Valeo Foods, itself owned by CapVest Partners LLC, will onboard Kettle’s chip line after the deal ideally closes later this year – at the end of 2019 but in the first quarter of Campbell’s 2020 fiscal year. The estimated $80m (£66m) agreement is subject to regulatory approvals and consultation with employee unions.
Yellow Chips BV – which makes a variety of chips from potatoes, sweet potatoes, beets, parsnips and carrots – will also move to Valeo.
Under the terms of the deal, Campbell will retain the Kettle Brand business in the US and every region except for Europe and the Middle East. It hopes the move will curb debt and invigorate its newfound snacking focus in 'one core geography,' the company told BakeryandSnacks, referring to North America.
Kettle potato chips – in flavors like Sea Salt & Crushed Red Pepper, Mature Cheddar & Red Onion, and Sea Salt & Balsamic Vinegar – were already manufactured in the UK under the name Kettle Foods Limited. That Norwich-based producer also makes Go Pure vegetable crisps and Metcalfe’s Skinny Popcorn.
“The global snacking segment continues to grow and the proposed acquisition of Kettle Foods provides a great opportunity to further strengthen our expanding portfolio of international brands,” said Valeo CEO Seamus Kearney.
Kettle furthers the company’s mission of “building a dynamic international portfolio of attractive, resilient and popular food brands that consumers love to enjoy,” he added.
In addition to Valeo (formed in 2010 when Origin Foods and Batchelors merged), CapVest owns several food industry companies, including the Scandinavian snack and baked goods maker Scandza and Vaasan & Vaasan, a Nordic bakery manufacturer.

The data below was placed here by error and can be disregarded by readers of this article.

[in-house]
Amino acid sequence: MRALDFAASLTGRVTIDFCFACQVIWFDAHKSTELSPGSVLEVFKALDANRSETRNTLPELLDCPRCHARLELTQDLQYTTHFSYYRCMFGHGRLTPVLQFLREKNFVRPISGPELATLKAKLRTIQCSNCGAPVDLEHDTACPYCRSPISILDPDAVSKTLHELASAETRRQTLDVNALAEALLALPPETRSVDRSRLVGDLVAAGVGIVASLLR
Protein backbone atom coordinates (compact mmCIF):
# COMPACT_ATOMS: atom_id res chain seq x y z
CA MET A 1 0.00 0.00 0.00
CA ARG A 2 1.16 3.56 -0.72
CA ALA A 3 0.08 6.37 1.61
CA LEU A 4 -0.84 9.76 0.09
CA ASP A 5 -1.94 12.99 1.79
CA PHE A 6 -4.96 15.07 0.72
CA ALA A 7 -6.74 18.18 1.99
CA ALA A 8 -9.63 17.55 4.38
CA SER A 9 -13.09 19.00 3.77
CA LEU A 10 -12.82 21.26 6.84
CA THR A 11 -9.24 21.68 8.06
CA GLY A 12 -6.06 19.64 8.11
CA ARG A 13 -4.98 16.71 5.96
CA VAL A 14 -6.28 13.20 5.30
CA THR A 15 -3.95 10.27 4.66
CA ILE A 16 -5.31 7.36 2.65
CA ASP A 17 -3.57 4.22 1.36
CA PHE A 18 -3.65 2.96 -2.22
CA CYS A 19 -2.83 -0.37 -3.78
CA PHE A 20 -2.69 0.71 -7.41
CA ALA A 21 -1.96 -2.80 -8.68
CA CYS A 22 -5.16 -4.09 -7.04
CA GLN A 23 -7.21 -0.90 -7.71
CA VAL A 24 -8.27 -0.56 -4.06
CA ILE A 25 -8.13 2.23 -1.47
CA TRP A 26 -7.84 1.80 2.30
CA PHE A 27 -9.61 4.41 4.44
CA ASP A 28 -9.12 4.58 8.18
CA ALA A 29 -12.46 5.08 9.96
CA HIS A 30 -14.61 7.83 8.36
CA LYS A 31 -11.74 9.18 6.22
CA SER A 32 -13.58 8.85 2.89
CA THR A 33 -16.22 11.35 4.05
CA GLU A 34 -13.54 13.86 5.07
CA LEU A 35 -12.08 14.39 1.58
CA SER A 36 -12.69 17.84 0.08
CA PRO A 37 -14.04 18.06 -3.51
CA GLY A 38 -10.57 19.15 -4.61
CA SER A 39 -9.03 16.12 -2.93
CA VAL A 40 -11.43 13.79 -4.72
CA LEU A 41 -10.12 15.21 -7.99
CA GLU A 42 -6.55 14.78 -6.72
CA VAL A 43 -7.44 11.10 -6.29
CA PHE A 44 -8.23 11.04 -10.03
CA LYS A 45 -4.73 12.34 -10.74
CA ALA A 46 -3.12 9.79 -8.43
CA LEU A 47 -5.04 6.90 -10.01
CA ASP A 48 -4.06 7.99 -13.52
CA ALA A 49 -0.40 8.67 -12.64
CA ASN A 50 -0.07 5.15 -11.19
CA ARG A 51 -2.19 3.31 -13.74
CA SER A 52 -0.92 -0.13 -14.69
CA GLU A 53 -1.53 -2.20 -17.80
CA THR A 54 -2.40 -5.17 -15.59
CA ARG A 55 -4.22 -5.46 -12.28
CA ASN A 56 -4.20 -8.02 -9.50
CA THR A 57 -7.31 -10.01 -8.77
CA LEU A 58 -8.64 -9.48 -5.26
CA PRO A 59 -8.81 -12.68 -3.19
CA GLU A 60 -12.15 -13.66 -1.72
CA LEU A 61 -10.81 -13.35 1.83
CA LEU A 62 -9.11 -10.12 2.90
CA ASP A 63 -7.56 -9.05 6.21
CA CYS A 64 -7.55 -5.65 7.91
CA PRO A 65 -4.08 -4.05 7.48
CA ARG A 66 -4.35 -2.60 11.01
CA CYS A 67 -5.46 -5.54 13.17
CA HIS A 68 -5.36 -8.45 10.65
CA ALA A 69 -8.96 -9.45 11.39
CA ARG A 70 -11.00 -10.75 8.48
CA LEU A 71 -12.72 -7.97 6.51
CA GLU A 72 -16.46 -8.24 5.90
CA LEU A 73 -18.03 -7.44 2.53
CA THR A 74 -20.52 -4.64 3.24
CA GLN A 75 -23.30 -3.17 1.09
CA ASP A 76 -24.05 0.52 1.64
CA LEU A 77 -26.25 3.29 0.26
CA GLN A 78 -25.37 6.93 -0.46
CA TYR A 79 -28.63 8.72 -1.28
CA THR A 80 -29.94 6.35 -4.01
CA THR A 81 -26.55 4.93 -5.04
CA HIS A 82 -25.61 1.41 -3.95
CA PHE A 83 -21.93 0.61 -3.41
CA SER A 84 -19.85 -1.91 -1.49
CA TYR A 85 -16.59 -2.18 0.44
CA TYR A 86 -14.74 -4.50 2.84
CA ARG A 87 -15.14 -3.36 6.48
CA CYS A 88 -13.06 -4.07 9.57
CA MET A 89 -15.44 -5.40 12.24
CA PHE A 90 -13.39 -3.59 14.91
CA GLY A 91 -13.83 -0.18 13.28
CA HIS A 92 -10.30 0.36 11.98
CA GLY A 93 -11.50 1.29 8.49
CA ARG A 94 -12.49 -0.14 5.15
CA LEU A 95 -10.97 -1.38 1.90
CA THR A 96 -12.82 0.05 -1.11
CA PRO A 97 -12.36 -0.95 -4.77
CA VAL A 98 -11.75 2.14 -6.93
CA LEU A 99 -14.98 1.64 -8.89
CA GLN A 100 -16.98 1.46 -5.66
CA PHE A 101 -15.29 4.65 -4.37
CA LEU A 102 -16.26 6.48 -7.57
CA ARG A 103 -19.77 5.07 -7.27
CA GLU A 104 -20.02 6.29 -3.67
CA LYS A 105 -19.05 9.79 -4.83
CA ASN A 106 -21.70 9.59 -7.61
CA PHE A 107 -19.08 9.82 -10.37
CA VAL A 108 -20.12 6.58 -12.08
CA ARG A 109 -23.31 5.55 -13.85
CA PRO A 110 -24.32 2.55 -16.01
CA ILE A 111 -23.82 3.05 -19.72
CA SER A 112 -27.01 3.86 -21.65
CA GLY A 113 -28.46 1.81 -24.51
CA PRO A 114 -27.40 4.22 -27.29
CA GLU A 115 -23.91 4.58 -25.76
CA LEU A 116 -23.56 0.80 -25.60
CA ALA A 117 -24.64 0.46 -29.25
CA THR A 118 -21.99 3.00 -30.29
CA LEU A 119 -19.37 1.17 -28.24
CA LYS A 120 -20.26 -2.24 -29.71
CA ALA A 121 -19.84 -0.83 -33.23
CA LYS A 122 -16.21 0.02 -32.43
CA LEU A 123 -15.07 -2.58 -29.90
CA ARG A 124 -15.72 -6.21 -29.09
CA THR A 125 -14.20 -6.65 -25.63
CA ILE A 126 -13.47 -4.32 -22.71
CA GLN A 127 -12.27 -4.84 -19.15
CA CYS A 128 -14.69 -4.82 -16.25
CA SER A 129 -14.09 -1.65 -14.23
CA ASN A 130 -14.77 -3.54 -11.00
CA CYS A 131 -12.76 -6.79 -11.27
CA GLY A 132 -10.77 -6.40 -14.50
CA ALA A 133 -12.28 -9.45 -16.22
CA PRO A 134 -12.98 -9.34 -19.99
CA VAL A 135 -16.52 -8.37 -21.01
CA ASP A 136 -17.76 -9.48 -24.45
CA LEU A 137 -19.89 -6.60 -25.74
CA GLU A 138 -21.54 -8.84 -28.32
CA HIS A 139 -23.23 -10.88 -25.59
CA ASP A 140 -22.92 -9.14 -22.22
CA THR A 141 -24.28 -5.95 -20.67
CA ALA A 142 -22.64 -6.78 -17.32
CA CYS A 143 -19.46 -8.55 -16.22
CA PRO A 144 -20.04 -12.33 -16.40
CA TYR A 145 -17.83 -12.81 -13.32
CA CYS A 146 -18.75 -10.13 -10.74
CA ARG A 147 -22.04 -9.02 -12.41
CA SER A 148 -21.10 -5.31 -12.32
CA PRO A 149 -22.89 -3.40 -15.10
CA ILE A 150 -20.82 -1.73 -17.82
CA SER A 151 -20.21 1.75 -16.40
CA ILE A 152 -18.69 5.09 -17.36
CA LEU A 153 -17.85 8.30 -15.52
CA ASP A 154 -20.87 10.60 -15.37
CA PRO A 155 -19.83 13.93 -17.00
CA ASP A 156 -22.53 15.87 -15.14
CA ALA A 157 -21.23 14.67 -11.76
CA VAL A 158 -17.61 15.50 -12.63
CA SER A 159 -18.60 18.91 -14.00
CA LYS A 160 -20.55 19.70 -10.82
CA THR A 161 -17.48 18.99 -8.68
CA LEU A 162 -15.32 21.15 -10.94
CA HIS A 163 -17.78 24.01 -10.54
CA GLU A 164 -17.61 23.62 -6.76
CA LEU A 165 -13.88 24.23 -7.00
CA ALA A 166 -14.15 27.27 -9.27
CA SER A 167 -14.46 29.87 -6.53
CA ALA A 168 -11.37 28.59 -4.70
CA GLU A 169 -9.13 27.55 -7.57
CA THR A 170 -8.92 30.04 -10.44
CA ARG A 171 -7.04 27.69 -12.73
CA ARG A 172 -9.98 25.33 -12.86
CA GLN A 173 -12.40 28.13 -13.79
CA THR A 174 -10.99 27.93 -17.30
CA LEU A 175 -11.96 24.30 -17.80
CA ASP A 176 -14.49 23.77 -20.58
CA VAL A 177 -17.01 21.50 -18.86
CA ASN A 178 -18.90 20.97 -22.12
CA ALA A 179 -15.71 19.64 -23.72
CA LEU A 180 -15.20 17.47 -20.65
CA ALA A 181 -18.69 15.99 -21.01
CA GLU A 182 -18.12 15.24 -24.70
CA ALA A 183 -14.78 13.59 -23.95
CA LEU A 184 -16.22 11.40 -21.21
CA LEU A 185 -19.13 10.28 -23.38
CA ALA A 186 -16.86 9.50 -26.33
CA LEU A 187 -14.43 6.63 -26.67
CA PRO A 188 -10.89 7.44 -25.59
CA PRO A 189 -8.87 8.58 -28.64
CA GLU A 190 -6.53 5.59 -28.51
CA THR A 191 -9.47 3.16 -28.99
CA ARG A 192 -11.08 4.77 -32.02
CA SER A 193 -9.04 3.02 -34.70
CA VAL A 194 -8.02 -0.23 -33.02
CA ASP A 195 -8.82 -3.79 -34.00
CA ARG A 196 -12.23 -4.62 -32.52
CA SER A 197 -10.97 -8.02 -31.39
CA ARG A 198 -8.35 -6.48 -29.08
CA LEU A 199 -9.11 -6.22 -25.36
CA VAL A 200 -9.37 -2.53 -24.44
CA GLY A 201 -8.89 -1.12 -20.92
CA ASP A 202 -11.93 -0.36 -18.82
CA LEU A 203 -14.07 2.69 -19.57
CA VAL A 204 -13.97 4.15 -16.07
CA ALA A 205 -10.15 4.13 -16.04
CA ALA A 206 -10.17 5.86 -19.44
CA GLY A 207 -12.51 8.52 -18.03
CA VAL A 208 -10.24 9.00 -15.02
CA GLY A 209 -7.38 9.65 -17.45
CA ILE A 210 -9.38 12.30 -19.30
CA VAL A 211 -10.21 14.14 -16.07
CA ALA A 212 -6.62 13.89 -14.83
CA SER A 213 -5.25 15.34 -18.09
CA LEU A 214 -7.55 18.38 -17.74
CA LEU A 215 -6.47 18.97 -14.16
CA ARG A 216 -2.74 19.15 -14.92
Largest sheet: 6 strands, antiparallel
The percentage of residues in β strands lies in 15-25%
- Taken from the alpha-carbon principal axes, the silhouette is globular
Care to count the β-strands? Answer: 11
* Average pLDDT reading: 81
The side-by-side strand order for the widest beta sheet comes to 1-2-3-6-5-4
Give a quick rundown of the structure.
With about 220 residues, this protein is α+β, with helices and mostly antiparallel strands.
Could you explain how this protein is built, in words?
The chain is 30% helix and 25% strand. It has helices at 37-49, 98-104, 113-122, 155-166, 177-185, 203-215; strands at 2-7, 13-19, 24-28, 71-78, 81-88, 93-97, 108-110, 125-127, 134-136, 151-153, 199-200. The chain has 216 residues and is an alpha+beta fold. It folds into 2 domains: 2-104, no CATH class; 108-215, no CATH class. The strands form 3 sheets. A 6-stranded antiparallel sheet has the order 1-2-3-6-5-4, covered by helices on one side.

Campbell keeps Kettle in US
This year alone, Campbell has launched promotional campaigns – either for the first time ever or the first time in years – for brands including Cape Cod chips, Goldfish and Lance crackers. Kettle, meanwhile, has added a slew of new flavors and styles – running with trendy avocado oil, for instance.
Its snack portfolio also boasts Milano cookies, Pepperidge Farm and Snyder’s of Hanover.
In July, Campbell sold its Danish snacks affiliate Kelsen Group to the Belgian CTH Invest, a holding company connected to Ferrero, for $300m. It had only acquired Kelsen in 2013, and found another private equity buyer to scoop up Arnott’s for more than $2bn in July.
Net sales increased 2% to more than $2bn in the fourth quarter, according to Campbell’s fourth quarter earnings report. CEO Mark Clouse attributed the growth to “a year of steady, positive performance” achieved in part by “focusing the portfolio on two core businesses in North America,” referring to Snacks and Meals & Beverages.
Snacks neared $3.8bn in net sales for the year, up 3% to $967m in the quarter. The report called out ‘continued momentum’ for Pepperidge Farm, Snack Factory, Late July, Goldfish and Kettle.
On August 29, Campbell announced that former CFO of Chobani, Mick Beekhuizen, would join the company as CFO.